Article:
The UIHS solar system is 42 Kilowatts, which is equivalent to the energy needed to support 12-16 average size homes. The system is comprised of 216 Evergreen solar modules distributed to six 6 kw Sunnyboy inverters; each inverter receiving three series of twelve panels This is only the first phase of the project, and with additional fundraising efforts and as funds become available, UIHS plans to increase the size of the solar electric system to be able to meet the energy demands of Potawot.
This project demonstrates UIHS’s commitment to providing practices that align with native values of being responsible community role models concerned for our land, air, and water we depend on. The project exemplifies ways we can alleviate the need for fossil fuel based energy generation such as hydro-electric systems being used along the Klamath River.
Phase 2 Solar at Potawot Health Village 2010
UIHS is pleased to announce it is initiating phase two of solar energy at the Potawot Health Village in Arcata, California. This summer, UIHS is expanding their solar electric system from a 40 Kilowatt to over 110 kilowatt, which is the enough power to support ~30 average size homes (average homes use 2.5 to 4 KW). This is the largest system in Humboldt County perhaps the largest solar system in the nation on a tribal health clinic. “We anticipate that this upgrade will help us to produce on average 70% of our energy demands from solar power. These savings go a long way in building sustainability for our organization, allowing us to focus on community wellness that reflects the traditional values of the local American Indian community” says Eric Johnson, the UIHS Traditional Land Management Specialist. “We are also very pleased to be working with local solar expert and installer Roger and His Merry Band of Solar Installers. They are working together with us to ensure that long term maintenance and performance of the system is understood by our UIHS staff, and we are grateful for Roger’s commitment to this project.”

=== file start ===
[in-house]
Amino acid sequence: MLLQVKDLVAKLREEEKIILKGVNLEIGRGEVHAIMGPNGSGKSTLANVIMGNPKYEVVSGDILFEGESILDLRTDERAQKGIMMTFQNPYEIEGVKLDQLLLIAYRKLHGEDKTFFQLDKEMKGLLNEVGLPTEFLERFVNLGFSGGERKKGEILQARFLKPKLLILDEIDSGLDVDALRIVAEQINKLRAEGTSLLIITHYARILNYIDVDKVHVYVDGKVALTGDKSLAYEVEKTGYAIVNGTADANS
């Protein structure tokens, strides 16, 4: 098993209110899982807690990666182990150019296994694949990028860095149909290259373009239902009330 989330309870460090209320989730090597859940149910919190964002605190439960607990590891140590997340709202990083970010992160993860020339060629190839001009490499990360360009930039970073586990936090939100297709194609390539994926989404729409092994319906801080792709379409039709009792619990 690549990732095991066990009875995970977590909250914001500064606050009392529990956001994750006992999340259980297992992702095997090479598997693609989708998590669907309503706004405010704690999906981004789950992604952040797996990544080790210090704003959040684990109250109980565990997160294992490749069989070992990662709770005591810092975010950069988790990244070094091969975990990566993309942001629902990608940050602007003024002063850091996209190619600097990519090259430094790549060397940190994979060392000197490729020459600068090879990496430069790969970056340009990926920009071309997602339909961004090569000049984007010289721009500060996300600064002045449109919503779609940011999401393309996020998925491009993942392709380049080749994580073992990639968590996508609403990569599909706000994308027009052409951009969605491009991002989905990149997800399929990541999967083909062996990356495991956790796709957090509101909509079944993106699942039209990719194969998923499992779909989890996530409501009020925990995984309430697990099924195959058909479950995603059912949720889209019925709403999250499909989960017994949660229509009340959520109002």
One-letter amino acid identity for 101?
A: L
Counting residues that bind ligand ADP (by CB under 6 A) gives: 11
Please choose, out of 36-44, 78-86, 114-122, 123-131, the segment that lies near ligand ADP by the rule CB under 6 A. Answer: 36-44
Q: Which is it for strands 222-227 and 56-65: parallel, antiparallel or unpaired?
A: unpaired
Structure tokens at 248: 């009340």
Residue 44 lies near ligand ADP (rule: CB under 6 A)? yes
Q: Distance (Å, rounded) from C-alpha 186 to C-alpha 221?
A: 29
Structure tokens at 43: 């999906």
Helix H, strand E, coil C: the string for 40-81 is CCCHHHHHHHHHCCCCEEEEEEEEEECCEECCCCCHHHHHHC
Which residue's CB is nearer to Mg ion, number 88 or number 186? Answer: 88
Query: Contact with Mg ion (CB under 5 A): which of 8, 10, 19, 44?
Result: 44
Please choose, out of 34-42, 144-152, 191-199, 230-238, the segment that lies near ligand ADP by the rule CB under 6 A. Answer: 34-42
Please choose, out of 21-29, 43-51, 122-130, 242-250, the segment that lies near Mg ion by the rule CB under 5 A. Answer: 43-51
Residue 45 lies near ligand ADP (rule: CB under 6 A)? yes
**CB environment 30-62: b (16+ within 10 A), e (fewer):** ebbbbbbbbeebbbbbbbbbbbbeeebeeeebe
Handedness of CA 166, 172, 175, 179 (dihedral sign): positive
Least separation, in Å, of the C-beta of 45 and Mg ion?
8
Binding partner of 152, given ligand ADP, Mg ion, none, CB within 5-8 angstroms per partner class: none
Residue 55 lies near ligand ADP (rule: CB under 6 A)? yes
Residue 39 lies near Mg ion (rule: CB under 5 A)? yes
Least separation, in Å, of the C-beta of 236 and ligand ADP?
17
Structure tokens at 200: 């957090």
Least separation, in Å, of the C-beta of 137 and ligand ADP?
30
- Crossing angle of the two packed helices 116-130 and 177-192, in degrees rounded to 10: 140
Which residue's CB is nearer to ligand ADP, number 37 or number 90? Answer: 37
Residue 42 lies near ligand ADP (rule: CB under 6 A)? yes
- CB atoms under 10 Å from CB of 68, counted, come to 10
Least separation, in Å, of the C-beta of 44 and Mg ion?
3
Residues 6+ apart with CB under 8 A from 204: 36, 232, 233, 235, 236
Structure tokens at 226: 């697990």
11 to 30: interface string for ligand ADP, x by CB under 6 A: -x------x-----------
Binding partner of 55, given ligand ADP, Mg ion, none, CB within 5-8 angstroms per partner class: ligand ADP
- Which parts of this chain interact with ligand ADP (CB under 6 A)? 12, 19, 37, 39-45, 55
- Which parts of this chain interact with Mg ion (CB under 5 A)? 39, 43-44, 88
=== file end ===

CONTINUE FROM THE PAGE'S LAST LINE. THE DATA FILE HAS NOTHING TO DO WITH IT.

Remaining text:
Paula Allen, Traditional Resources Specialist at UIHS, explains the significance of this project from a cultural perspective. “Tribal people have always had the responsibility of being caretakers of our homelands, this project exemplifies that ongoing relationship. Many local tribes have worked together with other stakeholders to develop a plan for removing the dams on the lower Klamath River by 2020. UIHS is doing our part to support this effort by lessening our dependence on energy produced by these hydroelectric dams. Healthy communities depend on healthy environments and it’s important that each of us make that commitment to do what we can to achieve this goal”
This project was made possible through funds of the American Recovery and Reinvestment Act.
One section of the UIHS solar panels
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Roger and the Merry Band of Solar Installers hard at work
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For more information about the UIHS Solar Project and to find out what the system is producing in real time, click UIHS Solar System Monitoring System
Through the use of solar, UIHS demonstrates using clean alternative energy production that does not impact our local river systems. For almost 50 years the Iron Gate Dam (shown above) has increasingly impacted our local fisheries.
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For more infor about the UIHS Solar System click here for the UIHS Solar Infromation Binder